Captains suspended and team placed on probation for two years following hazing incident

Hockey culture is changing day by day.

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HockeyFeed
Published 1 year ago
Captains suspended and team placed on probation for two years following hazing incident
KIJHL

The Kootenay International Junior Hockey League (KIJHL) has announced disciplinary measures against the Creston Valley Thunder Cats organization following an investigation into allegations of hazing.

The KIJHL announced that they have investigated allegations that they were notified of just last week and immediately suspended all team activities until they could gather more information. Today, the league announced some pretty serious sanctions against the team and its players.

From the KIJHL:

As a result of the KIJHL’s investigation, the following disciplinary measures have been taken:

  • The Creston Valley Thunder Cats organization has received a fine and placed on probation for a period of two years. During this time, the Thunder Cats must take proactive steps to ensure a positive team culture free from abuse, bullying and harassment. Any occurrence of a similar incident will result in further sanctions.
  • Members of the Creston Valley Thunder Cats will be required to complete training designed to identify and eliminate instances of abuse, bullying and harassment.
  • Thunder Cats team captain Clayton Brown has been suspended for 12 games, effective Sept. 16, for violations of the league’s Individual Conduct Policy.
  • Thunder Cats alternate captain Campbell McLean has been suspended for 6 games, effective Sept. 16, for violations of the league’s Individual Conduct Policy.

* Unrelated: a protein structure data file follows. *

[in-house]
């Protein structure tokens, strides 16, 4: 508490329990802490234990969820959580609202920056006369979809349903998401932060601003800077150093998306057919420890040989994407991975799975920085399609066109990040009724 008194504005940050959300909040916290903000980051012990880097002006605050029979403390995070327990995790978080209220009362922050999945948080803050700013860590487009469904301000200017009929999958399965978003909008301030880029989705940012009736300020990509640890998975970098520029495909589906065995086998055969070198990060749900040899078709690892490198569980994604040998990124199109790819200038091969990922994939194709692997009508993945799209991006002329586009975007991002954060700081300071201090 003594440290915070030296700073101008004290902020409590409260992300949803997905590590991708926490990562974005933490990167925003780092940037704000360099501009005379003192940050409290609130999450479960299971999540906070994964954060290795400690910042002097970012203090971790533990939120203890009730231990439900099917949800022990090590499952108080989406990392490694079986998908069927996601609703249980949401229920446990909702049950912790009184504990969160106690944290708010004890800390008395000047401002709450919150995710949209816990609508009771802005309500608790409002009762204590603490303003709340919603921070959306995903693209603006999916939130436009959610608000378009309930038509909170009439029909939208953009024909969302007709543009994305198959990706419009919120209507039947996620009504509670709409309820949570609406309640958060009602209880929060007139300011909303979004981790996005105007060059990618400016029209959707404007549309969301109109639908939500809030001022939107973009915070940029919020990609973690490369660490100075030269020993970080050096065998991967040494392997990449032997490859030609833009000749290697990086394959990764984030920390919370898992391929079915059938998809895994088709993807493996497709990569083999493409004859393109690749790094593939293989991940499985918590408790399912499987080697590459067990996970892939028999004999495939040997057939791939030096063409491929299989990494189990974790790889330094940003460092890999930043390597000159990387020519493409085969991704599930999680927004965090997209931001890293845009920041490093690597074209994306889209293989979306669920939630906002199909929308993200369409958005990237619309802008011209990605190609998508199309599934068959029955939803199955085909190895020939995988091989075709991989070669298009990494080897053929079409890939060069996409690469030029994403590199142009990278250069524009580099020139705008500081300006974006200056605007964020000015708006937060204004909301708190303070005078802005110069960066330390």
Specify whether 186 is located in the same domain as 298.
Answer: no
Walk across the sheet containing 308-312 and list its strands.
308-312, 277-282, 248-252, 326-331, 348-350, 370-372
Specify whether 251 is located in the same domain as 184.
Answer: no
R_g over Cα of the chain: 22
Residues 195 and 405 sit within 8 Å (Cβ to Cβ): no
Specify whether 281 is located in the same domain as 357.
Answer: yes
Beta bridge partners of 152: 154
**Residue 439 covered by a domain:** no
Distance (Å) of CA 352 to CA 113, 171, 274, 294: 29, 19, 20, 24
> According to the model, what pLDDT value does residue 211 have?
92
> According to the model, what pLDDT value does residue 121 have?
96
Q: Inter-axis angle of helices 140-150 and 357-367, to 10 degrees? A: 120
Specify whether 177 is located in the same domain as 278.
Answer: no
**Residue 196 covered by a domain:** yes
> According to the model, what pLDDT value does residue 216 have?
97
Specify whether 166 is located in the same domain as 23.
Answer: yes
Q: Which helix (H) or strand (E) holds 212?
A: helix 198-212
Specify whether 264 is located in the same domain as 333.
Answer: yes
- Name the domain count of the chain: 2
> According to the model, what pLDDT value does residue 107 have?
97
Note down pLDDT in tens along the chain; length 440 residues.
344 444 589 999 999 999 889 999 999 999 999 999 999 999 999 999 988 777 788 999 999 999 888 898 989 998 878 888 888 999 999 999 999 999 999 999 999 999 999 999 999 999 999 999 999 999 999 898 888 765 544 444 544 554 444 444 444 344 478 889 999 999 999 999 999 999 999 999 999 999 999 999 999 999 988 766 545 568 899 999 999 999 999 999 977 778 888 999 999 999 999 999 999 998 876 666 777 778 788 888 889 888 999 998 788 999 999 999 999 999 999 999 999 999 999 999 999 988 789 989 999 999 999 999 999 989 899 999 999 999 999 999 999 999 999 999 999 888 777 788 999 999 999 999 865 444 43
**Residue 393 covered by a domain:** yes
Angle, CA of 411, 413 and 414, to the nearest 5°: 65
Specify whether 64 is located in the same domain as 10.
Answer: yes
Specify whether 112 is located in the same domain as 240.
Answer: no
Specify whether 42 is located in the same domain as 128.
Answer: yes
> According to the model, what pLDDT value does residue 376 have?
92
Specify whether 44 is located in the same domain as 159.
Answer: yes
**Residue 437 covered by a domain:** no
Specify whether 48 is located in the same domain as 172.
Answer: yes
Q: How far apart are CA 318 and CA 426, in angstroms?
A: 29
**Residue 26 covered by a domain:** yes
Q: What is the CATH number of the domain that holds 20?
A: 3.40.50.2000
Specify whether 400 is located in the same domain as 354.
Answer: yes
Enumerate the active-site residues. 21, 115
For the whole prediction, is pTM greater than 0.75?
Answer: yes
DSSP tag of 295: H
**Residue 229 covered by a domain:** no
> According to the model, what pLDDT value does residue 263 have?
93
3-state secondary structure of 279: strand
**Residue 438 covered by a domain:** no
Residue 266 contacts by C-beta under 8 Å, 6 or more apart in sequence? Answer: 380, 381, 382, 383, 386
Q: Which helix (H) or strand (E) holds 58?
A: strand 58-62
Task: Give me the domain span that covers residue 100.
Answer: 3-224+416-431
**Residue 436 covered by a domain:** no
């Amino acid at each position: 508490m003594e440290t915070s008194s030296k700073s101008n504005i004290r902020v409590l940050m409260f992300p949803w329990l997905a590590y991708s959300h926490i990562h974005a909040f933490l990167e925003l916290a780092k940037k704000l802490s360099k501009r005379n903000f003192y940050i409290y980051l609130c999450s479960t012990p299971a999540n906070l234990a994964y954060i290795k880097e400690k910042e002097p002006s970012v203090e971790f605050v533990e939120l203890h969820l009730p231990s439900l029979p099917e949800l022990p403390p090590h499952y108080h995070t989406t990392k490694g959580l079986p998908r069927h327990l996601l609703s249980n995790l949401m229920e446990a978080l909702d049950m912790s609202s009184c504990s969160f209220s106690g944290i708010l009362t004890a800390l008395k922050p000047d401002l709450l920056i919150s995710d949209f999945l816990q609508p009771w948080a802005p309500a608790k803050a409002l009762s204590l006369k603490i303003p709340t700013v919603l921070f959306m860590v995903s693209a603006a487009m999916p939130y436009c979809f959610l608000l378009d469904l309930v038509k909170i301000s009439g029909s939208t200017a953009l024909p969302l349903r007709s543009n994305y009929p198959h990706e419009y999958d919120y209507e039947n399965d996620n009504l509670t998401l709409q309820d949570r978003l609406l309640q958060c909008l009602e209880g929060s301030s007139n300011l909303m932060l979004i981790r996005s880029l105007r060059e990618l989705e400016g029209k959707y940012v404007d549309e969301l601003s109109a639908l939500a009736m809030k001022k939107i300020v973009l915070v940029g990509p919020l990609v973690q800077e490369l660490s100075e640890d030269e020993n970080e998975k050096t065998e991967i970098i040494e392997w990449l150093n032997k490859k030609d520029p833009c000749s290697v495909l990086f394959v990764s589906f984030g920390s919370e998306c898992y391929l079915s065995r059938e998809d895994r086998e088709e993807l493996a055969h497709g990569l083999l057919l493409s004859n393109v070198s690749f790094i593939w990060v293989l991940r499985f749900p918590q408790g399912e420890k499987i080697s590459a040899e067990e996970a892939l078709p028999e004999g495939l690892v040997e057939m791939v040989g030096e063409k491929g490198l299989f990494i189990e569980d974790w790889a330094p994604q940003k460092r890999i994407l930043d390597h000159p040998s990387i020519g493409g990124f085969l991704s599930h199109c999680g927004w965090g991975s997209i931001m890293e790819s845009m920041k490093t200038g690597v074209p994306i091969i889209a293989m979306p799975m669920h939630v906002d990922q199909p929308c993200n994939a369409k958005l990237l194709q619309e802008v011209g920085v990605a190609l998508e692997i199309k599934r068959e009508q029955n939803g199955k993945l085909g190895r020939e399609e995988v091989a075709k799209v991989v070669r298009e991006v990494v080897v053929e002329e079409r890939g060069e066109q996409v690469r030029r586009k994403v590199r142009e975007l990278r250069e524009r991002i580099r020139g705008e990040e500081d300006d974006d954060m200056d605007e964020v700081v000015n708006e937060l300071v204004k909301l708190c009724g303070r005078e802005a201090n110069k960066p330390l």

“The KIJHL is committed to providing a safe and inclusive environment for our athletes, volunteers, staff and fans,” says Commissioner Jeff Dubois. “What occurred in Creston was unacceptable, and the discipline imposed against the Thunder Cats’ organization and members of the team reflect our zero-tolerance approach to these types of incidents.”

“Our investigation made clear that we have considerable work to do in order to educate our players on the standard of behaviour and leadership expected of them in a team environment. We take this responsibility seriously, and we are taking immediate steps to address this issue.”

The KIJHL also announced that they will not elaborate further on the investigation and will not comment further on the sanctions against the Thunder Cats.

While these sanctions may seem harsh to some old school hockey traditionalists, I firmly believe that hazing needs to be taken more seriously and sanctions like this will go a long way towards preventing hazing in the future.

Source: KIJHL